Bees' spread north could create a showdown with agriculturally desirable native species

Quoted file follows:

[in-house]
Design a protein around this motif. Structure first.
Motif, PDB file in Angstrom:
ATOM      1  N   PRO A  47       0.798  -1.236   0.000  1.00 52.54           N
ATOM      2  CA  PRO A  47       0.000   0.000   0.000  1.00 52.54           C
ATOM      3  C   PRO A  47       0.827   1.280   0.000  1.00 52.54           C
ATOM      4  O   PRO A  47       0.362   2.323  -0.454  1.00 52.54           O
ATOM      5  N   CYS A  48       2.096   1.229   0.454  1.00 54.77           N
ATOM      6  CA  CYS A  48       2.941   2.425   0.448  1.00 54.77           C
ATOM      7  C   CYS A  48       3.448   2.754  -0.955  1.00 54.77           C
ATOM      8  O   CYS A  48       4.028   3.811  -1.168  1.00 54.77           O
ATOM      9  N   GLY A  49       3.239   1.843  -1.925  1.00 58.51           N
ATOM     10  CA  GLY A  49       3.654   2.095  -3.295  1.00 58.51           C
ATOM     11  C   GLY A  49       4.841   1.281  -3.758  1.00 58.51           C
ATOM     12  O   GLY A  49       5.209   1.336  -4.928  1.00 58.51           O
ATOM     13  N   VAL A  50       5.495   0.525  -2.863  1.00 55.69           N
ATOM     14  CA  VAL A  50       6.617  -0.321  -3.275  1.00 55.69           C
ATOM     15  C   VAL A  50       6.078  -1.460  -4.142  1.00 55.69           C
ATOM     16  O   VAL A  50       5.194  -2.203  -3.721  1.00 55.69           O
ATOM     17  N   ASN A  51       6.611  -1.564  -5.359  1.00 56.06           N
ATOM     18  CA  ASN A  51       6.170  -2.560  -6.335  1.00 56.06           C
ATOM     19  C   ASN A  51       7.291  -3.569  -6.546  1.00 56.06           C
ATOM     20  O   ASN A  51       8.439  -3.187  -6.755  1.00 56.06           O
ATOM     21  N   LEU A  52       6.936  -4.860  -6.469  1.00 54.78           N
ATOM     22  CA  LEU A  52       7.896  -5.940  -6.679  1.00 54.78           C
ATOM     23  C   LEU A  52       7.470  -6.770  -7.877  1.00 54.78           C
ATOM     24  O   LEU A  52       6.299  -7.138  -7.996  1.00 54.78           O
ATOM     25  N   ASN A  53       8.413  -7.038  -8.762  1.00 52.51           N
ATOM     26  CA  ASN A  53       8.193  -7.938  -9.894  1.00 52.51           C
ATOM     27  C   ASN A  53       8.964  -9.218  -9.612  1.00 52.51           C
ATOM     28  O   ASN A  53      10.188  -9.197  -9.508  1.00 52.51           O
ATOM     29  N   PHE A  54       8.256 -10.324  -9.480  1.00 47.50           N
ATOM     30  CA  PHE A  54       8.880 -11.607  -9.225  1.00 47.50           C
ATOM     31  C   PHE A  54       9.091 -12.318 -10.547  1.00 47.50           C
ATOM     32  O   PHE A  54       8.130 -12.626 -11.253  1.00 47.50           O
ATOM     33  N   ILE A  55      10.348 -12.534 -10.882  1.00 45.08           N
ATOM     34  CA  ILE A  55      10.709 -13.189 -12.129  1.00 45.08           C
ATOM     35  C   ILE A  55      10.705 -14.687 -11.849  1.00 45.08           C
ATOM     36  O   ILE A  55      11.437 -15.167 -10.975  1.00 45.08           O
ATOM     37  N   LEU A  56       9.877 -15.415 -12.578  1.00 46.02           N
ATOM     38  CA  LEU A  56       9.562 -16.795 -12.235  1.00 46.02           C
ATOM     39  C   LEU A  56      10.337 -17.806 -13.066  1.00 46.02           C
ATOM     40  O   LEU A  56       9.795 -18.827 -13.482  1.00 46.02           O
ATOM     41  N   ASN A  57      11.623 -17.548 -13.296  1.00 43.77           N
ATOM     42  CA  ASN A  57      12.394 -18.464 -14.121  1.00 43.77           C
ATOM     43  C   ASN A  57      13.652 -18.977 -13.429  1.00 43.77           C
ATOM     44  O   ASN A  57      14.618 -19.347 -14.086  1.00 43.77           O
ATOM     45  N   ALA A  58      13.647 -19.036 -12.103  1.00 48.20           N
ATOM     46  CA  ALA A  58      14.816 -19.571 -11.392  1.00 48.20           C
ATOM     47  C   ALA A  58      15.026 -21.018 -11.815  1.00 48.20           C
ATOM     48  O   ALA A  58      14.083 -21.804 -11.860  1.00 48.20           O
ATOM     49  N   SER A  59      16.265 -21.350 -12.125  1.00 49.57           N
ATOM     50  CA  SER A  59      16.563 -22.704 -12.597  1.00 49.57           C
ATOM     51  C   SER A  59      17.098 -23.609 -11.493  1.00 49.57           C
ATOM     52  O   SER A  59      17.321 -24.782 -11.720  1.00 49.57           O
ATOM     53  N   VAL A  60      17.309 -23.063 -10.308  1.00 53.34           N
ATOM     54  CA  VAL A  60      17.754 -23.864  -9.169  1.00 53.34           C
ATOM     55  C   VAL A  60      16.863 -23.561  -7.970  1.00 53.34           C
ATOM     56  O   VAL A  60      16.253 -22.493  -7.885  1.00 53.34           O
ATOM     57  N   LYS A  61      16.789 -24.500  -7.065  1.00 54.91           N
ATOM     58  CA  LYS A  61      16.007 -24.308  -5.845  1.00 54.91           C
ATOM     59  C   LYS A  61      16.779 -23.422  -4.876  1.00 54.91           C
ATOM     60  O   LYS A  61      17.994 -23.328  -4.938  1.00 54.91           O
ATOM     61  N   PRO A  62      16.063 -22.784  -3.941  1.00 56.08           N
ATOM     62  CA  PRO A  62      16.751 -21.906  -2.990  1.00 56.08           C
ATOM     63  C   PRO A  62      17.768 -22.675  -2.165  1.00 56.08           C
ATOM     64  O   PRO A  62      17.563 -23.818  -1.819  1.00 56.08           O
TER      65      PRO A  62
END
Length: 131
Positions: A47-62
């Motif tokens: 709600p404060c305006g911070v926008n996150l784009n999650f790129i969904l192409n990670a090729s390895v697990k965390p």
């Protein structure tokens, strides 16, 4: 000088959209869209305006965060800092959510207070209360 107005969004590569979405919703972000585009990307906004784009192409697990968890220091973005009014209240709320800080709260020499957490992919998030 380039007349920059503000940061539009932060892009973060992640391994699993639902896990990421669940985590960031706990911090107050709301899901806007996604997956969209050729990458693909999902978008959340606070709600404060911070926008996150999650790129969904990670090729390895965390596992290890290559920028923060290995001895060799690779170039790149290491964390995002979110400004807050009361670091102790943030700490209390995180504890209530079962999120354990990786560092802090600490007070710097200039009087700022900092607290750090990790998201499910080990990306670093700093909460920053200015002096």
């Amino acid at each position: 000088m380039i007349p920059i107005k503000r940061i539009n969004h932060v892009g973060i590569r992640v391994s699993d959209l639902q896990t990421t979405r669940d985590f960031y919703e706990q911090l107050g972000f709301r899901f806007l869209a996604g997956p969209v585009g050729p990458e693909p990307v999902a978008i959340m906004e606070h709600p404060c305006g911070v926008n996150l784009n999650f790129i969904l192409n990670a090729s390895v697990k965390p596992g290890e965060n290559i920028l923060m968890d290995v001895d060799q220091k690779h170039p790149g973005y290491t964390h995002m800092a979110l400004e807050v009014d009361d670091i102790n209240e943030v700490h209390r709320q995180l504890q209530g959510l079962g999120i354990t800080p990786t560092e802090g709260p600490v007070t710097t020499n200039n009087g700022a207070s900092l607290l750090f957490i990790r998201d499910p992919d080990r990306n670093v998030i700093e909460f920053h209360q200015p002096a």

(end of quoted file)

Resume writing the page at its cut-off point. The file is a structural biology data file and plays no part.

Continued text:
PUSH is finally coming to shove for the Africanized honey bee.In its three-decade expansion outward from the jungles of Brazil, the Africanized honey bee encountered relatively small populations of bees with which to compete. But with its drive into northern Mexico and its arrival in Texas last fall, the Africanized honey bee has run headlong into established populations of European honey bees. Nature will select the winner. "We're dealing in a whole new arena here," says Thomas Rinderer, a geneticist specializing in bees. "The selection pressures are not the same." If the Africanized honey bee takes over commercially kept hives, the economic consequences could be enormous. Honey bees pollinate $20 billion worth of crops that directly or indirectly account for one-third of the United States diet. In Texas, beekeepers rent 17,000 hives to farmers to pollinate vast fields of melons and vegetables and huge citrus orchards. Africanized honey bees would be more difficult and expensive to manage for this purpose. The US also produces honey and other bee products valued at $200 million. Some of this could be impaired by the undesirable behavioral characteristics of Africanized honey bees. The high cost to mitigate these characteristics could drive many beekeepers out of business. The risk to public health from feral colonies of Africanized bees, though believed to be small, will be the largest concern of many people. Africanized honey bees have the same kind of venom as European bees, though less of it. But if the bees are provoked, the colony will inflict up to 10 times as many stings. Texas officials worry that the state tourism, worth over $17 billion, will suffer if people stay away. One thing is certain: "We cannot eradicate the bee," says Elba Quintero. As manager for the Africanized Honey Bee Program at the Department of Agriculture's Animal and Plant Health Inspection Service, Ms. Quintero is in charge of educating the public in south Texas about their new neighbor. Less than 400 years ago, European colonists brought the Western Hemisphere its first honey bees, which were called "white man's flies" by the Indians. So well adapted were these insects to North America's climate that a thriving feral population was soon established. Bees expanded westward faster than new colonists did. The European honey bee, accustomed to four predictable seasons and to finding food in the same place as the previous year, developed a preference for staying put and storing honey for the winter months. Beekeepers in the United States have encouraged those traits - and gentleness - through genetic selection. EUROPEAN bees never flourished in the monoseasonal tropics, where plants might produce the most nectar when daylight was shortest, in contrast to the cycle in the European bee's home latitudes. That's why African bees, which have a different strategy, were brought to Brazil as an experiment. These bees came from the Transvaal, a province of South Africa that has long droughts interrupted by unpredictable rainfall. The African bees deal with that by reproducing rapidly when there is food. The new swarms fly off in search of favorable conditions, and those that find them survive. Although they produce more than European bees, there's little storing of honey; it's all fed to the young. The bees defend their hive vigorously. But when the weather turns dry and starvation threatens, the original swarm will abscond - abandon its home in search of a better one. Scientists know that commercial hives can be kept populated with bees that are largely European by killing the queen and replacing it with a fully European one each year. But this process will be costly. Leon Praetorius, head of the Texas Honey Bee Identification Lab at Texas A&M University in College Station, Texas, points out that the more aggressive Africanized honey bee drones will shove a European honey bee aside in order to mate with the queen. So far, where Africanized and European honey bee populations have mingled, the offspring eventually revert to Africanized characteristics. But that took place in the tropics, where natural selection favored the Africanized honey bees. "The African bee may be different in south Texas than way down in South America," says Paul Jackson, chief apiary inspector for the Texas Agricultural Experiment Station. "Climate and stuff like this may make it react differently. We don't know for sure." Dr. Rinderer, who directs the Agricultural Research Service's Honeybee Breeding, Genetics, and Physiology Laboratory at Baton Rouge, La., warns against trying to predict natural selection. "The bee that's best adapted to that area [will dominate]. Unless that area is exactly Africa, the African-type genes are not necessarily the ones that are going to be selected." Texas is more like Europe than it is like Africa, he adds. "We know pretty much that they're going to go just about everywhere [in Texas]," adds Merry Makela, a geneticist with the Texas Agricultural Experiment Station who is working on a computer model to predict the course of the Africanized honey bee invasion. She says they will reach San Antonio by next spring, and swarms could even show up in Houston. "Whether they survive equally well all over the state of Texas is something we don't know," she adds. Judging by the areas of South America where the Africanized honey bee hasn't penetrated, it cannot survive long winters, Dr. Makela says. "There is a stable transition zone where Africanized honey bees and European honey bees are surviving at equal rates," Makela says. "Somewhere in the United States there is this hypothetical transition zone above which they cannot survive the winter." Scientists have varied widely in drawing that line. Some give only south Texas to the Africanized honey bees, others the southern third of the US, and others even Chicago and Boston. Meanwhile, 12 counties in south Texas have been placed under quarantine, meaning that beekeepers are not allowed to move hives out of those counties. "We don't want man to spread it," Mr. Jackson says. "The quarantine is not going to stop the [Africanized] bee," he adds, but "it will slow it down, let it start interbreeding. That's one of the main goals for it." THE spread of the Africanized honey bee is being monitored through traplines that extend for hundreds of miles across south Texas. Once the bees break the line, the quarantine area will be extended. Bees caught in the traps have to be dissected and measured to determine if they are Africanized or not. This procedure takes several hours and requires at least 10 bees, Mr. Praetorius says. If the average length of the right forewing is 10 millimeters or longer, the sample is not Africanized, he says. If it is shorter, then another 27 measurements must be taken from the left fore and hind wings, the right rear leg, and the third abdominal plate. A program called USDA-ID records the digitized measurements, compares the sample to thousands of others on file, and calculates the probability that it is Africanized, European, or mostly one with evidence of introgression of some of the other genes . HOW THE AFRICANIZED HONEY BEE SPREAD African bees were brought to Brazil in 1957 as an experiment. When 26 queens accidentally escaped, they mated with feral European bees to create the Africanized honey bee. The expanding population has been moving north at 200 to 300 miles per year. Now Africanized honey bees have reached Texas, and scientists are wondering how far they will go and whether their defensiveness and tendency to abscond can be bred out of them.